Amanda Lowrey bends at the waist, and takes her next steps carefully as she watches a herd of red sheep grazing lazily in the distance. Her face is calm but stern under the brim of her cap, earrings dancing as she moves, eyes focused on her prey. Slow and steady, she drops to her knee, raises her rifle and peers down the scope.
"I'm gonna take the shot," she whispers to two onlookers, who peer at the animals through binoculars.
Lowrey pauses, pulls the trigger and braces herself for the gun to kick back into her shoulder.
In the distance, the sheep drops in an instant. The echo of her gun sends the herd scattering. "Hell of a shot, young lady!" one of her companions, the host of Extreme Huntress, calls out as Lowrey jumps up and down, her hat flying off her head.
Lowrey, a 25-year-old Sandpoint native, remembers tagging along behind her father on a hunt when she was 5, watching him kill a deer and knowing that one day she would take up the sport. She got her hunting license when she was just 12. Ever since, she's been shooting mountain lions, black bears, elk, deer, wild turkeys — anything she can feed her family with.
"We were raised that hunting was a way to put food on the table, and that's why we started doing it," she says, "Not just because we love it, but because it's a necessity."
Today, as a mother of two, she'll venture miles into the Idaho wilderness to hunt her own food — sometimes on horseback, sometimes with a bow and arrow. She says right now her freezer is packed with mule deer, whitetail and wild turkey, cut into steaks and made into sausages by her own hands.
In the past year, Lowrey has discovered her perspective on hunting to feed her family — not to mention the fact that she's a female hunter — is rare. She's part of a slowly growing population of Americans who hunt, which increased nationwide by 9 percent from 2006 to 2011, according to a survey by the U.S. Fish and Wildlife Service.
But it wasn't just being a female hunter that recently propelled her to the top four of a nationwide competition and online series called Extreme Huntress.
As a part of the competition, she was flown to Texas this past summer to test her skills. Lowrey knows her scores were toward the top of the ranks, but to win Extreme Huntress, she'll have to rake in a hefty number of online votes and gain high marks from judges.
Lowrey, who works from home for a camouflage design company, says part of her reason for wanting to be an Extreme Huntress was its mission: to engage females in hunting. She watched her mother hunt as a child and hopes her own daughters will follow in her footsteps.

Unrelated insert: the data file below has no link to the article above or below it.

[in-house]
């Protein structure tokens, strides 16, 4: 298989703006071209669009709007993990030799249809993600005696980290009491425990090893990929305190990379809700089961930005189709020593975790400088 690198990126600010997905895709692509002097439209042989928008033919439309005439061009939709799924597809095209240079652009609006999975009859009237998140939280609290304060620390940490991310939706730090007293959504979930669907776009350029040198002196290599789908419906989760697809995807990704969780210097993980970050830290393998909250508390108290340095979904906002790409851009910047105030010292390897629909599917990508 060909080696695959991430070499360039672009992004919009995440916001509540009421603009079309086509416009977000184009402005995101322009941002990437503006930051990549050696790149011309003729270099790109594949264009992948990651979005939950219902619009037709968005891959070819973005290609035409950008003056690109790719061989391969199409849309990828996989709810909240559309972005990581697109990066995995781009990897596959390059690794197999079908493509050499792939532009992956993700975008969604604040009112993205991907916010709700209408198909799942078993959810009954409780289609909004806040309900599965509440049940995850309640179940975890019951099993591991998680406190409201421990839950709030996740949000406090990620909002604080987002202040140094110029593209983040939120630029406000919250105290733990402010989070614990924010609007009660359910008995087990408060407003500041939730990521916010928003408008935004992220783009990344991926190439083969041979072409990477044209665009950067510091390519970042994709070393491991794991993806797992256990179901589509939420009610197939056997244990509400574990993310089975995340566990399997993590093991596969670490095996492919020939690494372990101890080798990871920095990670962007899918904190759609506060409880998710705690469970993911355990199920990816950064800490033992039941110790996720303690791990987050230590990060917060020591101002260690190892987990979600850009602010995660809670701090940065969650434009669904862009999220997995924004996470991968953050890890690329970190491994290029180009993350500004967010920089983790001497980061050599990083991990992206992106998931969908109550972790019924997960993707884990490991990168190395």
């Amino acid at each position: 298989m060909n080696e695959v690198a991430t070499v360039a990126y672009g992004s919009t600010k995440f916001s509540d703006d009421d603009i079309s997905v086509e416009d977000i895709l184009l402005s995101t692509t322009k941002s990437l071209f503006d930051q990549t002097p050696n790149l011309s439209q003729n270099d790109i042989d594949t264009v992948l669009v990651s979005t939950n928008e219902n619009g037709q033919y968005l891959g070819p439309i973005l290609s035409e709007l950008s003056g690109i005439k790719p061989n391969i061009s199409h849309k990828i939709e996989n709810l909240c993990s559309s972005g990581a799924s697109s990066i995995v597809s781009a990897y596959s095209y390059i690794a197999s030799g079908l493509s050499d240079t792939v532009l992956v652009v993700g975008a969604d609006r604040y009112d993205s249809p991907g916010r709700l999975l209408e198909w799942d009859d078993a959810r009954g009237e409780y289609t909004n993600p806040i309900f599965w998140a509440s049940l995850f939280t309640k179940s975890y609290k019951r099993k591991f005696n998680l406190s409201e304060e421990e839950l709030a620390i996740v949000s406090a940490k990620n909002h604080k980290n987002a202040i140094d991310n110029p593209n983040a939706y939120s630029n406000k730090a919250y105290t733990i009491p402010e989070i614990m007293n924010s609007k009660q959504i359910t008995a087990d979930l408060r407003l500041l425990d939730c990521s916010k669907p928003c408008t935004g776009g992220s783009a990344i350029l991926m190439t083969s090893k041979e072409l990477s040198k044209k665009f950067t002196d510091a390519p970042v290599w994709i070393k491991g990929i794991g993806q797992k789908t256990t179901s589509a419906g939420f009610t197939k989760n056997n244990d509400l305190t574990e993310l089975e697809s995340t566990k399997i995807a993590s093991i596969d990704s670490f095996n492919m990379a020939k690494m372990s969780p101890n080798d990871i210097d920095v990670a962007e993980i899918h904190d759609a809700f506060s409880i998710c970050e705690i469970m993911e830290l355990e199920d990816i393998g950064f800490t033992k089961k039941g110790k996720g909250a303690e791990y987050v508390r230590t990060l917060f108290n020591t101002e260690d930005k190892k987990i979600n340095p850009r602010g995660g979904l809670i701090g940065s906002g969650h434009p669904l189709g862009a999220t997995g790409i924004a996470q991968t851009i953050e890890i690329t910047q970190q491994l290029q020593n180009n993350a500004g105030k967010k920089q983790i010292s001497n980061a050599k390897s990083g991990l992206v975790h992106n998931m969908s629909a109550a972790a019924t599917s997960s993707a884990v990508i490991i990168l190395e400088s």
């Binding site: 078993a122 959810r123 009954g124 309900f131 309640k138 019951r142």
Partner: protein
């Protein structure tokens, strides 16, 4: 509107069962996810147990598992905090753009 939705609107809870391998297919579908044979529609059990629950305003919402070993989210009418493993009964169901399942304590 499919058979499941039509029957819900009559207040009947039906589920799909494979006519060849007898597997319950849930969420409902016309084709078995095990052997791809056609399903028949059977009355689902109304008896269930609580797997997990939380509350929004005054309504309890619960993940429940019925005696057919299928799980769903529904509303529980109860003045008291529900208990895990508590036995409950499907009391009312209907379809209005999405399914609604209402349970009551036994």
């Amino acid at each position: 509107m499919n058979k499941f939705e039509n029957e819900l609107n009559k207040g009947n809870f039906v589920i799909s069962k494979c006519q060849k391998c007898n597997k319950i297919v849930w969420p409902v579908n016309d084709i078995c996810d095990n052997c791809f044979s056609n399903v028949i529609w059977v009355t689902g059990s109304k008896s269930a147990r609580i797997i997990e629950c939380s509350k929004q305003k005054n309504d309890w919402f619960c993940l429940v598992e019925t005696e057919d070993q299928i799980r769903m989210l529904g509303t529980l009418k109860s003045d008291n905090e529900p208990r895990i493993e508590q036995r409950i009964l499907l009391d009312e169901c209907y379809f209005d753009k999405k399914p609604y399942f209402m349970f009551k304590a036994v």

She says she thinks she might have had an edge on her Extreme Huntress competitors because she's from Idaho and was raised hunting.
"I think I have a lot better survival skills because of where I live. I do probably the most do-it-yourself hunting," she says. "My dad, he just taught me how to do a lot of different things, take care of my own animals and pack my own stuff."
Lowrey likes to hunt by herself, which means if she makes a kill, she'll have to heft it back home by herself.
"I carry a pack with me with everything I'm going to need: knives, first aid, rope," she says. That way, if she shoots something like a deer she can "dress it out, skin it, quarter it, debone it. And start packing it out on my back."
She laughs now as she tells a story of when she was out hunting with her husband at eight-and-a-half months pregnant, and she shot her first bear.
"It was a really horrible idea, but now it's a fun story and we had a good laugh," she says, noting that they had to haul the black bear up a steep hillside afterward. "That particular one was only about 200 or 225 pounds, so it was on the smaller side."
She loves to hunt, obviously — and she says by doing it, she's in control of what she's feeding her family.
"A lot of people who don't hunt think we're just a bunch of buck-toothed hillbillies. Personally, I like knowing where my food comes from. At the store these days, you don't even know what's in your food," she says. "I like knowing that my food isn't filled with a bunch of junk. When you go out and work really hard and you're able to put food on the table for your family, it's very rewarding." ♦
Vote for Amanda Lowrey in the 2014 Extreme Huntress competition through Jan. 1 at extremehuntress.com.